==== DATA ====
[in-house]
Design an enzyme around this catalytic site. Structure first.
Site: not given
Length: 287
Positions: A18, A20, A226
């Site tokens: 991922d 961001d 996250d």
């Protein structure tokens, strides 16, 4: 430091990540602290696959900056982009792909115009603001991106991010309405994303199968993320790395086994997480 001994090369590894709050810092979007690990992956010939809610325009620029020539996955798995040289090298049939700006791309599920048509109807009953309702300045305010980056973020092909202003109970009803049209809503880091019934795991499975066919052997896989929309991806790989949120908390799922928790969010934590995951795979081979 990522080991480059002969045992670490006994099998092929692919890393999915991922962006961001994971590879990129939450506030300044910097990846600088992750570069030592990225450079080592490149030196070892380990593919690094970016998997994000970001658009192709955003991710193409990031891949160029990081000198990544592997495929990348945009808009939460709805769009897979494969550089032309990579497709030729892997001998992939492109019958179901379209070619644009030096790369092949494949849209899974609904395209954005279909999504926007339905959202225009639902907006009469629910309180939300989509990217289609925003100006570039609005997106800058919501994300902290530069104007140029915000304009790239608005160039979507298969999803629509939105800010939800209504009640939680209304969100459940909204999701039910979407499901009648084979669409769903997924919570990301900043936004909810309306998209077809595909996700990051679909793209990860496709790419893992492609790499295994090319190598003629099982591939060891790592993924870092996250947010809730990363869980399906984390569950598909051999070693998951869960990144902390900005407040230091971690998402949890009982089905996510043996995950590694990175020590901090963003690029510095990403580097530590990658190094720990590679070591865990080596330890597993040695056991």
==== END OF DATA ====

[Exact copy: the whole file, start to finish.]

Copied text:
[in-house]
Design an enzyme around this catalytic site. Structure first.
Site: not given
Length: 287
Positions: A18, A20, A226
């Site tokens: 991922d 961001d 996250d």
């Protein structure tokens, strides 16, 4: 430091990540602290696959900056982009792909115009603001991106991010309405994303199968993320790395086994997480 001994090369590894709050810092979007690990992956010939809610325009620029020539996955798995040289090298049939700006791309599920048509109807009953309702300045305010980056973020092909202003109970009803049209809503880091019934795991499975066919052997896989929309991806790989949120908390799922928790969010934590995951795979081979 990522080991480059002969045992670490006994099998092929692919890393999915991922962006961001994971590879990129939450506030300044910097990846600088992750570069030592990225450079080592490149030196070892380990593919690094970016998997994000970001658009192709955003991710193409990031891949160029990081000198990544592997495929990348945009808009939460709805769009897979494969550089032309990579497709030729892997001998992939492109019958179901379209070619644009030096790369092949494949849209899974609904395209954005279909999504926007339905959202225009639902907006009469629910309180939300989509990217289609925003100006570039609005997106800058919501994300902290530069104007140029915000304009790239608005160039979507298969999803629509939105800010939800209504009640939680209304969100459940909204999701039910979407499901009648084979669409769903997924919570990301900043936004909810309306998209077809595909996700990051679909793209990860496709790419893992492609790499295994090319190598003629099982591939060891790592993924870092996250947010809730990363869980399906984390569950598909051999070693998951869960990144902390900005407040230091971690998402949890009982089905996510043996995950590694990175020590901090963003690029510095990403580097530590990658190094720990590679070591865990080596330890597993040695056991």